European Donations Encourage Palestinians to Seek Imprisonment
The Funding for Peace Coalition reported that the Palestinian Authority (PA) has used tens of millions of dollars annually from its internationally funded budgets to provide salaries and other financial benefits to convicted terrorist held in Israeli jails. This "insurance scheme" provides captured terrorists with an opportunity to leave jail with a small nest-egg. It also secures employment in the Palestinian hierarchy, improved education and a pension from the PA.
The benefits of the "career path" afforded by a stay in an Israeli prison have not been lost on Palestinian youth. There are consistent reports of a growing phenomenon, where Palestinian teenagers deliberately approach Israeli military checkpoints, pretending to be terrorists. The intention? The hope of being captured and incarcerated in an Israeli jail, leading to financial security and an assured livelihood.
Palestinian social workers have expressed concern for the well being of these youth and of their society. The Israeli military are also uneasy. These youngsters put their lives in danger, forcing soldiers to make a split-second distinction between a youngster behaving as a terrorist and the real thing.
Below is a Reuters report on the phenomena, as it has appeared in several English language Arab journals.
In desperation, Palestinians seek prison in Israel
Thu 11 May 2006 12:50:17 BST
By Luke Baker
JERUSALEM, May 11 (Reuters) - A growing number of desperate young Palestinian men are deliberately getting themselves arrested at Israeli checkpoints so that they will be sent to Israeli-run prisons, Israeli and Palestinian officials say.
The youths, mostly teenage boys, are taking the dangerous measure in part because they say it is easier to study for exams in an Israeli prison than it is at home in the West Bank. Some also want to escape family hardship and deepening poverty.
Since January, when the phenomenon was first identified, Israeli army officials say at least 80 young men have either turned up at checkpoints and asked to be arrested or else carried knives and other weapons to ensure they are detained.
"It is a growing problem and something that we are concerned about," said a senior officer in the Israeli Defence Force who is dealing with the issue but who asked not to be identified.
"It is a very dangerous phenomenon that we want to stop."
Palestinian civil affairs workers say the number may be far higher than 80 and is on the increase as rumours spread among young men about the potential benefits of being imprisoned.
Hijazi Abdul-Rahman, 18, who lives in a village near Jenin, in the northern West Bank, went to a nearby checkpoint with his friend Malik a month ago in an attempt to be arrested.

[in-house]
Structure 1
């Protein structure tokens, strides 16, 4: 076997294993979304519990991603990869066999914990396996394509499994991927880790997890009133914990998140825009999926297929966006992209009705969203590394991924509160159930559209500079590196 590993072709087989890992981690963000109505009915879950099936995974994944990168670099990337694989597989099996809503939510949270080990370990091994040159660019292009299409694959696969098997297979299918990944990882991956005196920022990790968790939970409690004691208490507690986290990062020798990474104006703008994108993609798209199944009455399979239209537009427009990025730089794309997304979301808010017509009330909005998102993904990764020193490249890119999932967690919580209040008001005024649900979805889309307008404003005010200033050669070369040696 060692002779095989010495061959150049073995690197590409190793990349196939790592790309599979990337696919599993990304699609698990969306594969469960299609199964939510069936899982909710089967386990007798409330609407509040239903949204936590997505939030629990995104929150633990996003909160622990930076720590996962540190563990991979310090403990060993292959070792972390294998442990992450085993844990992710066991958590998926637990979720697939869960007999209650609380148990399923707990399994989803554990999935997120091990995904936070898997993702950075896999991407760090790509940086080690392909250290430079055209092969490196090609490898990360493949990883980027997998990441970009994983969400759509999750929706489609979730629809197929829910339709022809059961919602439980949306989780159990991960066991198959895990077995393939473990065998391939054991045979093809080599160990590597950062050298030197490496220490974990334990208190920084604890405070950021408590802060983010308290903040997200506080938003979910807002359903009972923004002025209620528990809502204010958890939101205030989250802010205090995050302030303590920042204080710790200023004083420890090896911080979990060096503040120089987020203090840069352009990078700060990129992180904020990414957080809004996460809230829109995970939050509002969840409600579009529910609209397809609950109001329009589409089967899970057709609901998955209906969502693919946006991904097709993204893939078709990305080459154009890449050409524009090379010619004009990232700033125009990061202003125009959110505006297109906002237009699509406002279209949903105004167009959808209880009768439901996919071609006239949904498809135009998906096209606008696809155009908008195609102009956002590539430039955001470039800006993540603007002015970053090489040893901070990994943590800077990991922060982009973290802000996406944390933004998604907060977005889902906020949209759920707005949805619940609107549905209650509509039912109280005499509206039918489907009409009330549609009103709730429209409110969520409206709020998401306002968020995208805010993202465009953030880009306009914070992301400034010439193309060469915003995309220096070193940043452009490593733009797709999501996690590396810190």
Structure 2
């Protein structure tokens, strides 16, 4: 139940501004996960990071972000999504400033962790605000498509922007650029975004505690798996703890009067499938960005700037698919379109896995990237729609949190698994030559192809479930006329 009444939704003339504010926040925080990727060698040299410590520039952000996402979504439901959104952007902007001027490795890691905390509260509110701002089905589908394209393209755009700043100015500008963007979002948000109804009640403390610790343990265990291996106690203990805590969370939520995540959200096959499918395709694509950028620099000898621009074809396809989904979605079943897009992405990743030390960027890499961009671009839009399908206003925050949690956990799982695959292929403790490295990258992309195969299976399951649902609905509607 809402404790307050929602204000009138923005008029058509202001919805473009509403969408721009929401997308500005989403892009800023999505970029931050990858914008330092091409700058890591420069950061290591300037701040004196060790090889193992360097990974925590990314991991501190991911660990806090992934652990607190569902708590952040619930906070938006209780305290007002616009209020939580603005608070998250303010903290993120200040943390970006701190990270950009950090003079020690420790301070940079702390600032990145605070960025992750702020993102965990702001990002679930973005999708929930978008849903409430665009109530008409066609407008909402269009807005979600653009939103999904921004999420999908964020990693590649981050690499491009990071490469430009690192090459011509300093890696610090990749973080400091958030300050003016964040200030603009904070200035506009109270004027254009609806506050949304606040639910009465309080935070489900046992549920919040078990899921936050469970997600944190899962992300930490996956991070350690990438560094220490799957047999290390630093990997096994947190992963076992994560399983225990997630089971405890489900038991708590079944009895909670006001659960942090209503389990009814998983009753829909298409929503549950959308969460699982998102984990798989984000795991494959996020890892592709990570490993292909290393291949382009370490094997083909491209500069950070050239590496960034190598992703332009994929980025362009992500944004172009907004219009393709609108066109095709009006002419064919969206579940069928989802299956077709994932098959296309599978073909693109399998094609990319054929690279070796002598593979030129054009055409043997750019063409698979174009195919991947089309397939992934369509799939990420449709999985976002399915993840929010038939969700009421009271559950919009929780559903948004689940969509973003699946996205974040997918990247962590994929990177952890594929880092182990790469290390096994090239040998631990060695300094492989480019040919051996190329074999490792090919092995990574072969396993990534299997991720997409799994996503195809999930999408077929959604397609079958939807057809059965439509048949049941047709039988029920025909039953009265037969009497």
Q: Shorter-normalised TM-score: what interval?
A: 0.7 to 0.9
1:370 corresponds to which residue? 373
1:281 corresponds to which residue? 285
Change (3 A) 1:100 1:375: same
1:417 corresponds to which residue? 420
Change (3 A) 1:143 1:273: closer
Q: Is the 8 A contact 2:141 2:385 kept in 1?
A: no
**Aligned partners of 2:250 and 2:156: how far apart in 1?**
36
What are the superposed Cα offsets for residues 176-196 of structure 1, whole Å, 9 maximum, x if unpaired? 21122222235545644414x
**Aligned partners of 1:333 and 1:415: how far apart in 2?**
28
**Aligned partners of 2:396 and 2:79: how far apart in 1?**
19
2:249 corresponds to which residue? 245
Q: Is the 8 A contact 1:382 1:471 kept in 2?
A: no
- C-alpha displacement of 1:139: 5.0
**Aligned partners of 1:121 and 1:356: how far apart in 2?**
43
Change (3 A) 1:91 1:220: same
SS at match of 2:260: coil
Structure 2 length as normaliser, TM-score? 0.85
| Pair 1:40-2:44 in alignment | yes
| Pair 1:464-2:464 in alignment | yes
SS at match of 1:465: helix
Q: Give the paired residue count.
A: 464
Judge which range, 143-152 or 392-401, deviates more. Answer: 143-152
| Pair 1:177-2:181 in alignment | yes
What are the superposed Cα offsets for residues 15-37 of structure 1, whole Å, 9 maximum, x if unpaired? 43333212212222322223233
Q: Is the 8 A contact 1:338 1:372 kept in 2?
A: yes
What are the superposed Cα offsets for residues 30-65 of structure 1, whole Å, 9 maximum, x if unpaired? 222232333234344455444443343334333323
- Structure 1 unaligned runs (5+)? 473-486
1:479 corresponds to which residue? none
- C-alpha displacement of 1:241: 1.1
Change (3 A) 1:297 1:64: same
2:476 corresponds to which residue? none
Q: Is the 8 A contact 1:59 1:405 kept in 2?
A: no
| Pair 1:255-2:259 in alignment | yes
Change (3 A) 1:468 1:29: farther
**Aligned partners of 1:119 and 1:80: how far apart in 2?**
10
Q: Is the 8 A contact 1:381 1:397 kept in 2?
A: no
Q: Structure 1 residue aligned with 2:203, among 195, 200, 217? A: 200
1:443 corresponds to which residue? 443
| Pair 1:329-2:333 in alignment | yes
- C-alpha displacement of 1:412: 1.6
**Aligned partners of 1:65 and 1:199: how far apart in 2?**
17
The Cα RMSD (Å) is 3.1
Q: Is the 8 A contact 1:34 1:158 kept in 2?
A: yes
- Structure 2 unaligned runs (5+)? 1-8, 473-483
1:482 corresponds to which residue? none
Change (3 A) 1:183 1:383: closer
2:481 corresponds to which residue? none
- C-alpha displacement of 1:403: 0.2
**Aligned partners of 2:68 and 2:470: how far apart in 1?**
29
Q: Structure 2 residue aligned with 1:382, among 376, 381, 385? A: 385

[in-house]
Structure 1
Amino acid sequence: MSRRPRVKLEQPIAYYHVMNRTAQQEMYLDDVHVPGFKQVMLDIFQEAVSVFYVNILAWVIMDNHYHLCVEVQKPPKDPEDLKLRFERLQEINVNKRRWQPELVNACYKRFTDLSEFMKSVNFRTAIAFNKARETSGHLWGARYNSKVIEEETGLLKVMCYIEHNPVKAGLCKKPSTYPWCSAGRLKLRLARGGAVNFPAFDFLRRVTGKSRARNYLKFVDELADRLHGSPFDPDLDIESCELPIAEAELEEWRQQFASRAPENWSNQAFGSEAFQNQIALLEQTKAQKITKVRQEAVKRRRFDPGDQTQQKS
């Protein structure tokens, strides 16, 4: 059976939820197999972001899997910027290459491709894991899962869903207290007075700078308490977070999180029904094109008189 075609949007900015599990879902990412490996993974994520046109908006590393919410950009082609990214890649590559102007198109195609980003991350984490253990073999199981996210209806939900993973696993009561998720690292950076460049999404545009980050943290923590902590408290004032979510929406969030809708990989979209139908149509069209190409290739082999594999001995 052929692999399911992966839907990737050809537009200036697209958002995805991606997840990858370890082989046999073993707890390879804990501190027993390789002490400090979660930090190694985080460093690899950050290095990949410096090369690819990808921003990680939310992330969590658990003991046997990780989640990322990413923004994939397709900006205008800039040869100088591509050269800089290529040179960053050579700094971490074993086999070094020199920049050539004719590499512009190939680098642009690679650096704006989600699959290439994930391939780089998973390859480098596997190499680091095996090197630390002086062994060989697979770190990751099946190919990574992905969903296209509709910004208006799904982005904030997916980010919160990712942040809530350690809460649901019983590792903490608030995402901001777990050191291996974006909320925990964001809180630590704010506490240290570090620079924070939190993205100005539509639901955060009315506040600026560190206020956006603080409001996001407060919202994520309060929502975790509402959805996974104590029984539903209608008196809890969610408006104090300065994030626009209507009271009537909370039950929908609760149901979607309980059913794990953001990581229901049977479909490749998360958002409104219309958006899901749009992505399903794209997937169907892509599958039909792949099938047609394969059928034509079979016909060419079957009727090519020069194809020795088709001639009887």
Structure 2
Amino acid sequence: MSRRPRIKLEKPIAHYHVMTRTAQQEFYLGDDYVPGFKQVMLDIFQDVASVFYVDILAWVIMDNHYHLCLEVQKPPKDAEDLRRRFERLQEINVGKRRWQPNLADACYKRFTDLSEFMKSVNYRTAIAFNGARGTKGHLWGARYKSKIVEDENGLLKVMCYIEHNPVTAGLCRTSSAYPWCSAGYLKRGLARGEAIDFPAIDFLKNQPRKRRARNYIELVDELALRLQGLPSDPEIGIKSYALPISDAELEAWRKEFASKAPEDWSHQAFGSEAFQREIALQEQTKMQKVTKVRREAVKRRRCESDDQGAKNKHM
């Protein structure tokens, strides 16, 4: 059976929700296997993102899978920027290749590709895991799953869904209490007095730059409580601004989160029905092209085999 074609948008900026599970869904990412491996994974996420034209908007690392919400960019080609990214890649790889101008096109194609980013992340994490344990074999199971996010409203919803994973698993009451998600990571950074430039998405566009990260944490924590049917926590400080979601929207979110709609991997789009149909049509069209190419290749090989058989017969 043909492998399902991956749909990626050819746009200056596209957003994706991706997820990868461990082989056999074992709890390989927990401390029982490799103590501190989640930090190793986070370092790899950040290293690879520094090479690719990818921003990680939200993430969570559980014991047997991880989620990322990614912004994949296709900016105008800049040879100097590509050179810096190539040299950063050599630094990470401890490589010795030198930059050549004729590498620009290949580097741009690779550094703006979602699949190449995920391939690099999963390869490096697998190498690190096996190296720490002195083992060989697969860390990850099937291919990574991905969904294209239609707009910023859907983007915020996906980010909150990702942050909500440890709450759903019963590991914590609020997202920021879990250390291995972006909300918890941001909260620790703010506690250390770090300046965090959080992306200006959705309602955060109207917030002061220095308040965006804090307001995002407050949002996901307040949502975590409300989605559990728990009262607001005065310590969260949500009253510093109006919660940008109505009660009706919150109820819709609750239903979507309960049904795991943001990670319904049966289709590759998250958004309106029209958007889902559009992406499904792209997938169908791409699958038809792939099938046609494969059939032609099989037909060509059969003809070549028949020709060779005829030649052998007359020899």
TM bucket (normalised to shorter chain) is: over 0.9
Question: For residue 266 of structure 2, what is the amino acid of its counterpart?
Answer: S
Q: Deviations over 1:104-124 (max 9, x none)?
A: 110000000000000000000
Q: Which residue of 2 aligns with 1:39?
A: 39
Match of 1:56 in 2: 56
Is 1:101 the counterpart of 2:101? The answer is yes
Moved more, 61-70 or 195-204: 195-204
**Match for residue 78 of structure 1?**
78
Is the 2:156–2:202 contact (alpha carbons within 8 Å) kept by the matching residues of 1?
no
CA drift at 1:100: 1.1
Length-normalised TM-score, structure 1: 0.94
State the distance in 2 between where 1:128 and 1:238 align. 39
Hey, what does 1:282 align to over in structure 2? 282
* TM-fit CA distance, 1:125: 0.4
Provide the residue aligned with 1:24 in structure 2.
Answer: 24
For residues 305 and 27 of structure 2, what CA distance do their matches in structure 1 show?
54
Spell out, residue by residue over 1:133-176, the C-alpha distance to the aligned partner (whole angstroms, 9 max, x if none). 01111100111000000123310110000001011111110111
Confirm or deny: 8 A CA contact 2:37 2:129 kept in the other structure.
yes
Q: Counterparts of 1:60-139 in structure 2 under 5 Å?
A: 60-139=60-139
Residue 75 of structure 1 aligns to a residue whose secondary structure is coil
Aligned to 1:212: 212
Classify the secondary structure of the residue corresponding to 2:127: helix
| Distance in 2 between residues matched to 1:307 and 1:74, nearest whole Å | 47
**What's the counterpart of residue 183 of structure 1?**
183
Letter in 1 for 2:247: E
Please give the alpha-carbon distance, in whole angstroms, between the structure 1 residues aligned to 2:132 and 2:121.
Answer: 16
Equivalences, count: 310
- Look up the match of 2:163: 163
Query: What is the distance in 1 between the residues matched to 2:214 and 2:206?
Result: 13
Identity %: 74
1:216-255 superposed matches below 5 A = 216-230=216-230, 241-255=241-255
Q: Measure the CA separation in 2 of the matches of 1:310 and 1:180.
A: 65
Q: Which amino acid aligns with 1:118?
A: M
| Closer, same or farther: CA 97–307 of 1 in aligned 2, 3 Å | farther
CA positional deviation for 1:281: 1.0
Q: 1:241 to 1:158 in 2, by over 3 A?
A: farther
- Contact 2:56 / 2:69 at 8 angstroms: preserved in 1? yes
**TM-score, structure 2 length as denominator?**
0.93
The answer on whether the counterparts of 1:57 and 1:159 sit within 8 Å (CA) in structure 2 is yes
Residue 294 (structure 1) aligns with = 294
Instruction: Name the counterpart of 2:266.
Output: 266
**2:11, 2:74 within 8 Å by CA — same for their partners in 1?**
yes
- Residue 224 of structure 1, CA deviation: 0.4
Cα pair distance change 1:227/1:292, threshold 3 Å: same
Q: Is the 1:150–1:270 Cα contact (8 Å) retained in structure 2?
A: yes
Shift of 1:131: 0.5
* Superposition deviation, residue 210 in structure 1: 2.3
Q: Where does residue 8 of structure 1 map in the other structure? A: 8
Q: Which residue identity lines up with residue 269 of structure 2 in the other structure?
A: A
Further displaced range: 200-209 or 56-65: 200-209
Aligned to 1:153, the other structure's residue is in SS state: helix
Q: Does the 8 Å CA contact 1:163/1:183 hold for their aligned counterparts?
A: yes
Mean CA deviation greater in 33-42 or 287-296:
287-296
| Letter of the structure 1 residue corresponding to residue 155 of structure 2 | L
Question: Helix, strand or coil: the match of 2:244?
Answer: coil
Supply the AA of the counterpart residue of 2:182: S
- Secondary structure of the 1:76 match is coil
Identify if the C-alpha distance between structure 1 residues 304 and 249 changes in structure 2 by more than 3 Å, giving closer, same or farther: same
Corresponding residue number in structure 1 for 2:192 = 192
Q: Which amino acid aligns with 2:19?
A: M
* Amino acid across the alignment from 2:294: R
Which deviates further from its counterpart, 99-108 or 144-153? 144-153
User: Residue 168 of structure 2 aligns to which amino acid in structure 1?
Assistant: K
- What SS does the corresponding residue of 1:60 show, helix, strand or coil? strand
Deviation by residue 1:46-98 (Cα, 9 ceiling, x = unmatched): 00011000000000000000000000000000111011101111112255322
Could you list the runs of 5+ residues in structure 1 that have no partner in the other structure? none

Abdul-Rahman carried a small knife and Malik, who would not give his family name, openly carried a badly wired bomb.
They were detained by Israeli security forces and sent to a holding cell but released 25 days later after it emerged under interrogation that they were not a serious security threat.
For Abdul-Rahman it was a grave disappointment.
"I lost my chance," he said, speaking at his home in a village north of Jenin. "I wanted to do my high school exams in prison because it is easier there than at school here."
Abdul-Rahman said his plan had been to go to prison for up to three years, finishing high school and part of university. In Israeli prisons, study groups are provided that allow Palestinians to sit a variety of exams.
Because prisoners usually receive a stipend of around 1,200 shekels ($250) a month, paid by the Palestinian Authority even if detainees are in Israeli prisons, Abdul-Rahman hoped to emerge with a substantial sum of cash to start his own business.
Since the Hamas movement came to power, stipend payments have been frozen, but that wasn't about to stop Abdul-Rahman.
"It's better to spend even your whole life in prison than to be stuck here," he said. "Here we can't even have a sandwich."
Palestinian doctors are concerned. "This phenomenon says a lot about the state in which we find ourselves," said Eyad Sarraj, a psychiatrist and a director of the Gaza Community Mental Health Programme.
"It's horrific. It shows that the family structure is not a secure environment for children to pursue their studies. The social fabric and the family itself is breaking up."
Israeli officials say that when questioned many of those arrested not only reveal a desire to study but the need to escape the strictures of their poor, conservative families where the expectation is that young men go out to work, not school.
Some also get arrested because they have been branded collaborators and try to shake the label by going to prison.
The concern for Israeli security forces is not only that prison numbers are growing and a social breakdown is occurring but that some of the youths will end up being shot or even killed if troops really believe they are being attacked.
Israeli soldiers have been stabbed, shot or targeted by Palestinian suicide bombers at checkpoints in the occupied West Bank in the past and are in a near constant state of alert.
"Often these men don't know how much danger they are putting themselves in. There is the risk, if we are really under attack, that we will have to respond," said a commanding officer.
"We know their true intention after only they are caught."
The officer said he had been in contact with Palestinian rights groups, local governors and the Red Cross about the problem, which is concentrated around the towns of Jenin, Nablus and Ramallah. Detentions spiked ahead of Palestinian exams in March and are expected to do so again before exams in June.
(Additional reporting by Wael al-Ahmed in Jenin)
© Reuters 2006. All Rights Reserved.
Left: Yasser Arafat
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